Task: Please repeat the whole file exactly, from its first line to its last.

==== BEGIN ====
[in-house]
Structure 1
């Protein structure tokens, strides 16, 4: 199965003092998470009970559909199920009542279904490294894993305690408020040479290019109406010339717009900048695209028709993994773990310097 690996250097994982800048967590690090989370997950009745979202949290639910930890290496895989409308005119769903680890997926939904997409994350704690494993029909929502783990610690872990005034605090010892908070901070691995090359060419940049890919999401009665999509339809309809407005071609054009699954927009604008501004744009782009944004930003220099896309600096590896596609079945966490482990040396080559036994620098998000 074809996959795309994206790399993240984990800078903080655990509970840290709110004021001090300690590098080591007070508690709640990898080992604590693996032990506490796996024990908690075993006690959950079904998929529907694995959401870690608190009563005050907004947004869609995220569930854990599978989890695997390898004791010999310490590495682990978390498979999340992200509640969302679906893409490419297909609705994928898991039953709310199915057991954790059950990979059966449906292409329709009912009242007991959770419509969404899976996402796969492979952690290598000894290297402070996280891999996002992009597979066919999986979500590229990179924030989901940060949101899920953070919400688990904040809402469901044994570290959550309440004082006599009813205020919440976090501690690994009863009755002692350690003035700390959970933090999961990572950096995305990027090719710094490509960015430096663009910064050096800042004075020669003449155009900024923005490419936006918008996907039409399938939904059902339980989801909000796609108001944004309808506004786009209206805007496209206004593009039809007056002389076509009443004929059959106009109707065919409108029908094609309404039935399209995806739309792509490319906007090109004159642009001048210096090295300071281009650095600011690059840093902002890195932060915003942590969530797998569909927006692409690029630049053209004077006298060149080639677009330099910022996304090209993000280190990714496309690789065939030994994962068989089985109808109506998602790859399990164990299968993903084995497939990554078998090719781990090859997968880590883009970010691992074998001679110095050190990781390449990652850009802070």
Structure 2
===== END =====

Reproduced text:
[in-house]
Structure 1
């Protein structure tokens, strides 16, 4: 199965003092998470009970559909199920009542279904490294894993305690408020040479290019109406010339717009900048695209028709993994773990310097 690996250097994982800048967590690090989370997950009745979202949290639910930890290496895989409308005119769903680890997926939904997409994350704690494993029909929502783990610690872990005034605090010892908070901070691995090359060419940049890919999401009665999509339809309809407005071609054009699954927009604008501004744009782009944004930003220099896309600096590896596609079945966490482990040396080559036994620098998000 074809996959795309994206790399993240984990800078903080655990509970840290709110004021001090300690590098080591007070508690709640990898080992604590693996032990506490796996024990908690075993006690959950079904998929529907694995959401870690608190009563005050907004947004869609995220569930854990599978989890695997390898004791010999310490590495682990978390498979999340992200509640969302679906893409490419297909609705994928898991039953709310199915057991954790059950990979059966449906292409329709009912009242007991959770419509969404899976996402796969492979952690290598000894290297402070996280891999996002992009597979066919999986979500590229990179924030989901940060949101899920953070919400688990904040809402469901044994570290959550309440004082006599009813205020919440976090501690690994009863009755002692350690003035700390959970933090999961990572950096995305990027090719710094490509960015430096663009910064050096800042004075020669003449155009900024923005490419936006918008996907039409399938939904059902339980989801909000796609108001944004309808506004786009209206805007496209206004593009039809007056002389076509009443004929059959106009109707065919409108029908094609309404039935399209995806739309792509490319906007090109004159642009001048210096090295300071281009650095600011690059840093902002890195932060915003942590969530797998569909927006692409690029630049053209004077006298060149080639677009330099910022996304090209993000280190990714496309690789065939030994994962068989089985109808109506998602790859399990164990299968993903084995497939990554078998090719781990090859997968880590883009970010691992074998001679110095050190990781390449990652850009802070």
Structure 2